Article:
May 12, 2022
by Darcel Rockett
Peggy Stenger casually admits to having a freezer of dead birds.
The Cleveland native, who lives in Chicago's South Loop and works in the Loop, collects the creatures when she sees them on the ground, often dead or injured from midflight collisions with buildings in her neighborhood.
Stenger puts the dead birds in Ziploc bags and labels them with the date, time and location they were found, to later be dropped off at the Field Museum for further research and documentation. The live ones are carefully placed in brown paper bags and sent off to a rehabilitation center.
"I've always loved birds," said Stenger, a volunteer with the Chicago Bird Collision Monitors. "When I was a child, our dentist gave us bird cards when we were good, which I always thought was odd, but I just learned to love birds. I rescued a pigeon more than 10 years ago and I took it someplace. And the people there said, 'There's a group that goes around and rescues the birds that hit the buildings.' I was like, 'I want to do that.'
This week, conservationists have been busier than usual in their hunt for dead and injured birds as millions of birds flew across Chicagoland in what experts said was one of the biggest migration movements of the season. More than 8,700,000 birds crossed Cook County May 9 to May 10, according to the migration dashboard that allows residents to see how many birds are migrating in the area in real time. Millions more are expected to migrate this week.
Experts are urging building owners and residents to turn off their lights between 11 p.m. and 6 a.m. to help save the lives of migrating birds, which can become attracted to the lights during the nighttime hours and crash into buildings.
"We've gotten enormous cooperation in Chicago," said Annette Prince, director of the bird collision monitors, about the ongoing "Lights Out" program in the city. "We haven't gotten a lot of pushback. Buildings are willing to turn their lights out consistently. The Lights Out program asks that all attractive top lighting on buildings like antennas or logos, are off since they can distract and draw birds away from just flying past the city. We get really good cooperation and good, dark sky for that purpose."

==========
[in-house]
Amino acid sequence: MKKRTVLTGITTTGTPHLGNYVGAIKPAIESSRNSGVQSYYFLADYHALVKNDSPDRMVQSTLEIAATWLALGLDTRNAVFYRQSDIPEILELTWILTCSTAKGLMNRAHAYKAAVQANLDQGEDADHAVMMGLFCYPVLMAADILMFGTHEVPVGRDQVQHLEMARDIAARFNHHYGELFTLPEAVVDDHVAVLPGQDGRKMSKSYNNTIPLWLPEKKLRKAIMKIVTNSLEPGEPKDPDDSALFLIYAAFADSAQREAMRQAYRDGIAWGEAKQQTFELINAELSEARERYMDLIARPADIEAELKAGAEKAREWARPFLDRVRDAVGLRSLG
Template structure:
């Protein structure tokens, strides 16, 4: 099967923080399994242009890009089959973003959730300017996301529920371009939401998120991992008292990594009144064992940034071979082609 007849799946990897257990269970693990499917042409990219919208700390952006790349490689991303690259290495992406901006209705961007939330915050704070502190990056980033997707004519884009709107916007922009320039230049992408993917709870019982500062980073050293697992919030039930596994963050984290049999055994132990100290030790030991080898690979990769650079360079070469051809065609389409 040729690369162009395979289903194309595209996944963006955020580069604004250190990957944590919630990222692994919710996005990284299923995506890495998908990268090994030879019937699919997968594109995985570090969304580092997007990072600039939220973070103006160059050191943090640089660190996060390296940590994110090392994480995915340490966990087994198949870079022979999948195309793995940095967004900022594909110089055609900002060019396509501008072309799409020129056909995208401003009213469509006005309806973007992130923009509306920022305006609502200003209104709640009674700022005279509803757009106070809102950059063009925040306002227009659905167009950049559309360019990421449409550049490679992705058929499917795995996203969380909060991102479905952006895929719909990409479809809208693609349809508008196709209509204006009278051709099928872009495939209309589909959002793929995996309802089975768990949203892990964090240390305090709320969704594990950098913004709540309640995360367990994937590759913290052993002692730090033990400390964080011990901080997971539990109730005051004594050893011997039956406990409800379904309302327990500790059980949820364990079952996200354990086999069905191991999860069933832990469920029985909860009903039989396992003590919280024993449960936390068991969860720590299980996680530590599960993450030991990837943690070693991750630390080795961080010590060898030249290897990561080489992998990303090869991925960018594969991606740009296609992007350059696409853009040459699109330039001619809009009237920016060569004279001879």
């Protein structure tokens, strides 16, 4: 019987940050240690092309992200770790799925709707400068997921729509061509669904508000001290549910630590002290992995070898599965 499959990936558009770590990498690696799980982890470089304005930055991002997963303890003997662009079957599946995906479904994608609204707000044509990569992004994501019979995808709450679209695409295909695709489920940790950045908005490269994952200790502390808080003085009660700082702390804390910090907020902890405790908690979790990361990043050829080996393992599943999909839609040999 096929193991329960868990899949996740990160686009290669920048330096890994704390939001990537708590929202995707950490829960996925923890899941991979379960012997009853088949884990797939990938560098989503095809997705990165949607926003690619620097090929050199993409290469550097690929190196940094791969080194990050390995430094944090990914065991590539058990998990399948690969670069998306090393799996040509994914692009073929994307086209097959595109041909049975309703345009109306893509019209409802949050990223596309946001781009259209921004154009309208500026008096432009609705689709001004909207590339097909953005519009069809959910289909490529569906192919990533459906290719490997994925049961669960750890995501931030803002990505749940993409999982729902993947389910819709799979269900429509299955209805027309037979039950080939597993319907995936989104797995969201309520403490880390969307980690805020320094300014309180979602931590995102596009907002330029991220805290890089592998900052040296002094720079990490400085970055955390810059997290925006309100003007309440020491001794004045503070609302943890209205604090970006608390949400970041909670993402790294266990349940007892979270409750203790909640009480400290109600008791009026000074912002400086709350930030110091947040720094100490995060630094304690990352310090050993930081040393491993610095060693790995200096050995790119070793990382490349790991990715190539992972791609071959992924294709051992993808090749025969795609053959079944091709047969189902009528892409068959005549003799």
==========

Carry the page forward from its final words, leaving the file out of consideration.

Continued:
Beginning in mid-March, billions of birds fly north to mate, nest and then head back south to warmer climates in mid-August, to do it all again the following year. With that migration comes lethal dangers, including starvation, predators—and high-speed crashes into building windows.
Prince said Tuesday morning the team of volunteers picked up about 70 live birds and about 100 dead birds. Half of those found alive have been dropped off at rehabilitation facilities and sent on their way already, with the other half needing more help.
"We can never predict where they'll (birds) be because there's different parts of town," she said. "Today, there were some parts of town where people weren't finding any birds. And then there were other parts of town where they were being inundated with birds."
Prince wants to remind people that during daylight hours, ground level lobbies or any large glassy area that keeps its inside lights on can draw birds toward fountains or trees they see in said lobbies as well. She said the CBCM group has worked with staff and management at many buildings to help with that. She's seen improvement in a lower number of injured birds.
"That's an improvement from initially when it was mostly just the top lights (of buildings) that people were turning off," she said. "We have to continue to work on that more. We're hopeful that that will mean that less birds are coming to these buildings."
This week's migration is part of the estimated 3.5 billion birds returning north to the United States each spring, according to a 2018 study published in Nature Ecology & Evolution.
"In March, we get birds that may just be coming up from the southern U.S.," Prince said. "They're the first to get here. The ones that just had to move up from Florida or just move up from Texas. Now we're seeing birds that have been flying for quite a while all the way from South America. They made it from South America to Central America. They made it to the southern U.S. and now they're doing that final leg of the journey and they're making it to Chicago."
Now that Chicago is starting to see the long-distance travelers, Prince doesn't want them to get hurt in her territory.
"We're really rooting for those birds," she said, "to be able to finish their journey safely after everything that they've done in the thousands of miles that many of them have traveled."
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